More questions – what is the role of fungicides?
Another factor with regard to the European study, pointed out by a piece by pollinator researcher David Pattemore, is an inconsistency in the fungicide applied together with the neonicotinoids at different sites. From More evidence on the effects of neonicotinoids on honey bees…maybe?:
But all three treatments (the control and the two different neonicotinoid treatments), had different fungicide treatments applied with them, violating the basic scientific rule to control all variables apart from the one you are interested in, or at least account for these other variables. This study, unfortunately, has confounded neonicotinoid treatment with fungicide treatment, so it is not really possible to draw many conclusions on neonicotinoids alone. So my personal opinion is that the effect on honey bees in this study is ambiguous at best.
He also puts these studies in the context of earlier research:
So in terms of the number of studies evaluating the hypothesis that real-world use of neonicotinoids have colony-level effects on honey bees, the score in my calculation now stands at 2 for, 4 against. This is how science proceeds: we are likely to continue to see scientific tussles back and forth while we narrow in on the actual suite of factors that affect honey bee health.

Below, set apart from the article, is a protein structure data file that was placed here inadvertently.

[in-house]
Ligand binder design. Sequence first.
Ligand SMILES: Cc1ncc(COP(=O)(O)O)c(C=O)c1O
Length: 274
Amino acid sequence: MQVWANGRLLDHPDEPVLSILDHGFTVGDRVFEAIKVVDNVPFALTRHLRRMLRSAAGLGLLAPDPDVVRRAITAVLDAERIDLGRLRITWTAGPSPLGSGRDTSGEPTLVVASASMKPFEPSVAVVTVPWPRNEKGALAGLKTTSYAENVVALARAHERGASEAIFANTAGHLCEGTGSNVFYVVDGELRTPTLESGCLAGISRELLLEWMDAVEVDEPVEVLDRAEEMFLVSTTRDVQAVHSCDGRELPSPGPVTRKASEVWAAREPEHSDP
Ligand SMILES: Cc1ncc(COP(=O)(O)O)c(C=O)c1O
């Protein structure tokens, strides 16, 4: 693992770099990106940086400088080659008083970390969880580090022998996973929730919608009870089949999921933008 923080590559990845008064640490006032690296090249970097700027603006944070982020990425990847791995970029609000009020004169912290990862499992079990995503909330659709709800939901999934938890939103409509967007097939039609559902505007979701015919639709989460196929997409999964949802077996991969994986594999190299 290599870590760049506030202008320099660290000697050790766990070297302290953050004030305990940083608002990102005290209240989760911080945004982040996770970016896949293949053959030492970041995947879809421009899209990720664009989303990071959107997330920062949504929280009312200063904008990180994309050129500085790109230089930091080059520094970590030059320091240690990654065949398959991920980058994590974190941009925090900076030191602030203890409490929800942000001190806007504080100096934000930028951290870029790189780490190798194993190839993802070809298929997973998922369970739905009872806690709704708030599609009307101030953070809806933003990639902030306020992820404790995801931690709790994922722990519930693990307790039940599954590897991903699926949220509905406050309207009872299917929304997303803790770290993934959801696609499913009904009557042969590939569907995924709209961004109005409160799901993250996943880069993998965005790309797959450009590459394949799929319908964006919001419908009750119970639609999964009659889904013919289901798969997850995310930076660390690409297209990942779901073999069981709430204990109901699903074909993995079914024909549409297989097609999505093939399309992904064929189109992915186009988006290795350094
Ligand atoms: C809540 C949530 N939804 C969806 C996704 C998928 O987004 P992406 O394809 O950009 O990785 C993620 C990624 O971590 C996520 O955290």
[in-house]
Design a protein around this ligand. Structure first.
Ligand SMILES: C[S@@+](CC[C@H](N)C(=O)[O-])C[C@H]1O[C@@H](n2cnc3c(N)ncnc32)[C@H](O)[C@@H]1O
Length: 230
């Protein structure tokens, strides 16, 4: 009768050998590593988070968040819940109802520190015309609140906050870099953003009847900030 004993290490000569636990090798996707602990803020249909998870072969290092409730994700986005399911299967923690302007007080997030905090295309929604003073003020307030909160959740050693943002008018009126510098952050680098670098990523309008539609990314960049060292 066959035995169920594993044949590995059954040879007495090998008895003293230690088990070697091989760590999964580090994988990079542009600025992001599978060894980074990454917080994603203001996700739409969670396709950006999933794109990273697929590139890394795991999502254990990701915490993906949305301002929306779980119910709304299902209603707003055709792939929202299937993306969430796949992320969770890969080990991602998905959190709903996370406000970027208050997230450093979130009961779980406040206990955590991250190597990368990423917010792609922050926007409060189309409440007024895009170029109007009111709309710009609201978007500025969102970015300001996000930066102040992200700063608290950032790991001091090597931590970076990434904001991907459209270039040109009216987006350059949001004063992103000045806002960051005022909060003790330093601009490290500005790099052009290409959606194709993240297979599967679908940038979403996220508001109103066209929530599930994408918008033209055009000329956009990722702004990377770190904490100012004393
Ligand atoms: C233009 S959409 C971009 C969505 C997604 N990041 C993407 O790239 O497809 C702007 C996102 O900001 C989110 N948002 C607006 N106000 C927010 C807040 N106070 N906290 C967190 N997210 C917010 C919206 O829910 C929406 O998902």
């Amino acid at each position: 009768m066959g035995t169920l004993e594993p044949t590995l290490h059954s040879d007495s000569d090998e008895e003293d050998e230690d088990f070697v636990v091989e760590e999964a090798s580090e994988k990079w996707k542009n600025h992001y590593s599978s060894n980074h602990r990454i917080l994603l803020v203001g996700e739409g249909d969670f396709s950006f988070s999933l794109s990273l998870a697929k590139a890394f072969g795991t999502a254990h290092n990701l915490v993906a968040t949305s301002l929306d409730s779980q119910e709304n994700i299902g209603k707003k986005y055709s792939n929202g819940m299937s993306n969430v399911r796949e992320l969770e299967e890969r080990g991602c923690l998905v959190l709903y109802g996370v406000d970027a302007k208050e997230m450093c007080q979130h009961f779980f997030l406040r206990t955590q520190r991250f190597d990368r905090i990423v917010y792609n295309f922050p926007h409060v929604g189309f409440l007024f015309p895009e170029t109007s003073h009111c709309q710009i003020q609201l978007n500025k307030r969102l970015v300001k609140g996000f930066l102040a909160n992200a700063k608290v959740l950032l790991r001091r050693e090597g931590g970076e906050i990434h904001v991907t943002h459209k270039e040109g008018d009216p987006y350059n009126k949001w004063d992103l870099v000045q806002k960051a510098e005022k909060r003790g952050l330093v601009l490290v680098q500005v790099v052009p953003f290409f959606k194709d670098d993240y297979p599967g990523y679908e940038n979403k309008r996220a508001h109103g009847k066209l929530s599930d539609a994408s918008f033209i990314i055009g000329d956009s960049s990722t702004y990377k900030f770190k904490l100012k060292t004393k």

While many headlines have hurried to report on these studies as a confirmation of neonicotinoids’ role in bee health, several news outlets have also handled the topic with admirable nuance. Consider this Washington Post headline: Controversial pesticides may threaten queen bees. Alternatives could be worse. Insecticides are indeed likely to have some negative effects on bees , even though it is hard to pinpoint the realistic degree of the effect. Nevertheless, what is clear is that we can’t properly address bee problems if we ignore the larger issues of pests, disease, and habitat loss. From the Washington Post piece:
The differences between bees in treated or untreated fields were largely insignificant, and many of the bees in both groups died before they could be counted.